Under seige
Nearly 30,000 London civilians were killed in the Blitz and later raids during the Second World War; nearly two-thirds of this figure during the London Blitz.  From 7 September 1940 onwards, businesses, churches, public houses, schools, housing estates and residences were reduced to rubble. The blackout cast well-lit streets into darkness, and local anti-aircraft guns and searchlights brought the war firmly home to the capital’s citizens. As the Luftwaffe’s Blitz raids of 1940 spread to other cities, including Belfast, Birmingham, Bristol, Coventry, Glasgow, Hull, Liverpool and Southampton, the civilian population of Britain found itself under siege as never before. In just nine months they, along with Londoners, witnessed the landscape and the character of their cities change beyond all recognition. 

A few weeks before the official start of the Blitz, Islington had, in fact, witnessed a random air attack when bombs fell on Canonbury Park North and vicinity during the late evening of Saturday 24 August 1940. Fortunately, only one casualty was reported, a Warden who was wounded by bomb fragments in the left shoulder. Another bomb fell at the rear of the house at the corner of Willowbridge Road but without much effect. In opposition, the first raid by the RAF on Berlin took place the following night. However, from September onwards, the Blitz was to turn the Islington and Finsbury Home Front into a battlefield. 

Shelters

Preparations for likely air bombardment began prior to the Second World War, with the British government providing air-raid shelters to families for free or for a small fee, depending on their income. Over the course of the war, shelters would take a number of forms and provide security for the citizens of Islington and Finsbury. Read more …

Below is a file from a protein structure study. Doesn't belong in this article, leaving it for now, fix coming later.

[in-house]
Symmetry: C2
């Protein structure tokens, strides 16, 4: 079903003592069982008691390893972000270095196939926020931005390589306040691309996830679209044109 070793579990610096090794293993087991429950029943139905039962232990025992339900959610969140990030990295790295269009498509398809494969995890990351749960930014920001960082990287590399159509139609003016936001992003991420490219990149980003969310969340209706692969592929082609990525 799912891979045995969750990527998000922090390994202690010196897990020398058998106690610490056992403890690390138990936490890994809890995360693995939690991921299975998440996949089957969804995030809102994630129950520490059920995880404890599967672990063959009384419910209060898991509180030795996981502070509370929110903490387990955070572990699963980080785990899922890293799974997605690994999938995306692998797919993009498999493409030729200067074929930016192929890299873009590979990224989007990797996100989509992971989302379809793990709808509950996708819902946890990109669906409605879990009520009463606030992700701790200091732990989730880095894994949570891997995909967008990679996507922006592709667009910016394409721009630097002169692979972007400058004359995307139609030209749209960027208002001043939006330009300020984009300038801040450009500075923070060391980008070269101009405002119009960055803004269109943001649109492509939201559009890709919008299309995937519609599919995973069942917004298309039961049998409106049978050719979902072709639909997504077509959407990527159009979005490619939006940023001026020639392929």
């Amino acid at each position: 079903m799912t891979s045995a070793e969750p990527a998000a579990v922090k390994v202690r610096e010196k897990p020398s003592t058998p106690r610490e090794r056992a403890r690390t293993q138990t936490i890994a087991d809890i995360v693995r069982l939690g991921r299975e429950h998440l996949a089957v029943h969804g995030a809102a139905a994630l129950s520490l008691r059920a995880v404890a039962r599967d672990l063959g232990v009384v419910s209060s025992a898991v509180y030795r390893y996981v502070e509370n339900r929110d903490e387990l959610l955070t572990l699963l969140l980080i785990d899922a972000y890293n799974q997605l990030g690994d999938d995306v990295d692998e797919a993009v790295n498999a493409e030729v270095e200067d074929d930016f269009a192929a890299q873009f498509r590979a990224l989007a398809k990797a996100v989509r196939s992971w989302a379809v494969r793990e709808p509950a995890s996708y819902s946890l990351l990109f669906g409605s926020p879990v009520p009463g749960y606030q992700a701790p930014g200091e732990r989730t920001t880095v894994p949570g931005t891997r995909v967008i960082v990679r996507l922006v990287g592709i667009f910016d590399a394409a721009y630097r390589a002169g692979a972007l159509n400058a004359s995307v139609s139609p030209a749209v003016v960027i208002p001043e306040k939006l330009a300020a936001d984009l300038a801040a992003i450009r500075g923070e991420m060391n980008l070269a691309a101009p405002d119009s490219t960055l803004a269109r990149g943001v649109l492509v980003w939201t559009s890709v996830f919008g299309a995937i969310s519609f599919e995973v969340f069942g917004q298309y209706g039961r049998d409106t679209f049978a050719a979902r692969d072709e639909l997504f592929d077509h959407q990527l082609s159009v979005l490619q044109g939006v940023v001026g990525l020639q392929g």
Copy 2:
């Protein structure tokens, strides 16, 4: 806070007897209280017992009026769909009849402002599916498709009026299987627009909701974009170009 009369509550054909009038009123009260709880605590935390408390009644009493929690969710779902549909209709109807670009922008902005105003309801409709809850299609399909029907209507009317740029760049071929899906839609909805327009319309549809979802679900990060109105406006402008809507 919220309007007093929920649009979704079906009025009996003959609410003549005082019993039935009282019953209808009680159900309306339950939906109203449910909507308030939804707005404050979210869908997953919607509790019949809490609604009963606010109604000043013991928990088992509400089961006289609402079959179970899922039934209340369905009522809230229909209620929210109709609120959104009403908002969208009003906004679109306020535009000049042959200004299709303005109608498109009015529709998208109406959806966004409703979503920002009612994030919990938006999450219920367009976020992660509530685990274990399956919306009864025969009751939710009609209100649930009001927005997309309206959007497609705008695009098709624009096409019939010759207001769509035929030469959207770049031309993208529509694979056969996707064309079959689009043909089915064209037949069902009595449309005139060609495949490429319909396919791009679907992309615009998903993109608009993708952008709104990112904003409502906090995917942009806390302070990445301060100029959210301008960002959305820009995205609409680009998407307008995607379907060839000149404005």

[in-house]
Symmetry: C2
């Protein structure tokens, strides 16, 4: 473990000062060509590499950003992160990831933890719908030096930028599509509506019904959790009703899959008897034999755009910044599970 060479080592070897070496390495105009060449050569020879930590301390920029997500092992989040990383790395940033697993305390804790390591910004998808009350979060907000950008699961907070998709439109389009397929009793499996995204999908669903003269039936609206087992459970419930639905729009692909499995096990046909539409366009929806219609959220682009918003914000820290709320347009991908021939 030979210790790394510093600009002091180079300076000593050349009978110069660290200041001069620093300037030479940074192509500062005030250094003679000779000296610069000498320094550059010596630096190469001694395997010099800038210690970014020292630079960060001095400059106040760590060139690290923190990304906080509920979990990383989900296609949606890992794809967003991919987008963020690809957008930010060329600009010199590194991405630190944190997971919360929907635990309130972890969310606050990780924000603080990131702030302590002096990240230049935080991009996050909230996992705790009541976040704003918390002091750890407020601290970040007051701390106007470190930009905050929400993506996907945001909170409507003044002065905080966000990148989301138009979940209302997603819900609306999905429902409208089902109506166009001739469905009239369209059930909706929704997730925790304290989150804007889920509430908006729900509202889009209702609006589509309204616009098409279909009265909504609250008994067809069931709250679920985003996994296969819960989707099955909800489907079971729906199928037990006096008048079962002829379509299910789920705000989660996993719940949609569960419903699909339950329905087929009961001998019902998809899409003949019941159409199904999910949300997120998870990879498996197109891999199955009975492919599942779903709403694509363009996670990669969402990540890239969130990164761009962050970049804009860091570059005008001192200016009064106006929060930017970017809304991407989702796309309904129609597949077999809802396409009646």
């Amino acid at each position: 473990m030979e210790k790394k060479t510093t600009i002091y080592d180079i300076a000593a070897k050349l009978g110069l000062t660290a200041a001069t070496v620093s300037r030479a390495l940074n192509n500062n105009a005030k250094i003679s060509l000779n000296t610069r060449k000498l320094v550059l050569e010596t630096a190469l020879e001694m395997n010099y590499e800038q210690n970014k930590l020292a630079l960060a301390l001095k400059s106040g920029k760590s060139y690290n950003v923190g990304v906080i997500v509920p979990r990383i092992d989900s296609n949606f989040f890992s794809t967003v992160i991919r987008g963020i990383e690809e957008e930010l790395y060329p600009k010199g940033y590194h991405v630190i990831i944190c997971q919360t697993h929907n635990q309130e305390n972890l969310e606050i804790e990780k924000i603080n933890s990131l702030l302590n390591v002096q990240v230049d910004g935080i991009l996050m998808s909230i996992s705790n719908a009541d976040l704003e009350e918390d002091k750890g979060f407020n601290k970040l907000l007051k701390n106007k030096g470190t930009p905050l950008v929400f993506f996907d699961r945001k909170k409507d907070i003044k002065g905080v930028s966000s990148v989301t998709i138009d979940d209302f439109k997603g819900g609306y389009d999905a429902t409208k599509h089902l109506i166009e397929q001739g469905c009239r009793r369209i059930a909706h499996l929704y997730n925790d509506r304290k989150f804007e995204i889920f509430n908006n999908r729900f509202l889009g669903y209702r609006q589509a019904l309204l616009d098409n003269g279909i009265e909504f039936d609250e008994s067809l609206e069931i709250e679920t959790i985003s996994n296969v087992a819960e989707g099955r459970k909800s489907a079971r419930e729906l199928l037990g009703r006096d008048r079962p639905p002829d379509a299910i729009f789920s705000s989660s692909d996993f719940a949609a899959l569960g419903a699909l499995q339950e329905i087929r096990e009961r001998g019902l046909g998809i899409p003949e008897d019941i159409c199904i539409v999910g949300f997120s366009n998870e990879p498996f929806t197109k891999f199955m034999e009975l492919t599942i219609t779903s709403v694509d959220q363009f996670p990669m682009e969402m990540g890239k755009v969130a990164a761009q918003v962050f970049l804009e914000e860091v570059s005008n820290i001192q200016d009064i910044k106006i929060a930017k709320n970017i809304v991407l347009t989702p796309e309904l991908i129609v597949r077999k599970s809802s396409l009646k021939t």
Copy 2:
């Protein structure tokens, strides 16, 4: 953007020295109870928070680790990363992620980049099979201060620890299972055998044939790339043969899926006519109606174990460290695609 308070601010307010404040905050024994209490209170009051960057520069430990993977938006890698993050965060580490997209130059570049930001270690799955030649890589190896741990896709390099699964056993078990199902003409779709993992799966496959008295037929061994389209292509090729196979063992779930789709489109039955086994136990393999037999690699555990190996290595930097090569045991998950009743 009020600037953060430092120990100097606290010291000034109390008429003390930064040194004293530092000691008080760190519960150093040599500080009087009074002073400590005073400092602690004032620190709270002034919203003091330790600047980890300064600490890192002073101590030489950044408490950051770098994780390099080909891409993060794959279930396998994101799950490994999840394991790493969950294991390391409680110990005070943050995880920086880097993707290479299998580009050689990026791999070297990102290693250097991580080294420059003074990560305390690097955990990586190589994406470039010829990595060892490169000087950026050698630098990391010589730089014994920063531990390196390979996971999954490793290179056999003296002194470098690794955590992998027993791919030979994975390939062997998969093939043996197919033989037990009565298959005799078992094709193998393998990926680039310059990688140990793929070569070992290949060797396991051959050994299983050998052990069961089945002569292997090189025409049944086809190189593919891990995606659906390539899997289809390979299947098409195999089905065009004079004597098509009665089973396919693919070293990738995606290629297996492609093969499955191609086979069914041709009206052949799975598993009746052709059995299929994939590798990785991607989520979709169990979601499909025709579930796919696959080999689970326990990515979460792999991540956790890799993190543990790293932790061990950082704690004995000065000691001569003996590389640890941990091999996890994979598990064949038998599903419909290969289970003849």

Bomb damage and destruction

The Second World War turned the home front into a battlefront. On 7 September 1940, Dornier and Heinkel bombers, escorted by Messerschmidt fighter planes, began bombarding London. Islington and Finsbury would come under fire … Read more

Islington and Finsbury swing into action

As part of war preparations, volunteers were trained in civil defence duties to warn or respond to attacks. Many Islington and Finsbury civilians became members of the Heavy Rescue Service, Air Raid Wardens, Home Guard members, firefighters, first-aiders and ambulance drivers, who would provide invaluable assistance to their community once war began. Read more

Finsbury Under Attack (1939-45)

Like many parts of inner London, Finsbury suffered badly from bombings during the Blitz (1940-41) and, again later, as part of the V1 and V2 rocket attacks on the capital from the summer of 1944 onwards. Given its proximity to the City of London, Finsbury’s residents lived with the threat of bombing and untimely death. However, in spite of fatalities, an uncertain future and much hardship, Finsburyites kept calm and carried on. The constant bombings were designed to break morale but conversely brought people together. Read more …

Just weeks after the start of the Blitz, a captured Messerschmitt Bf 110, shot down by a RAF Hurricane fighter during the Battle of Britain, was displayed outside Finsbury Town Hall, Garnault Place, in October 1940. It became the most photographed Luftwaffe plane of WW2. Read more …

While London was regularly attacked, the ferocity of some raids far exceeded others. On the night of 10/11 May 1941, London was hit by the most devastating and largest raid on London during the Blitz. In total, 711 tons of high explosive, along with 2,393 incendiary bombs, were dropped on the city, with 1,436 civilians losing their lives in that one raid alone.

Blitzed Islington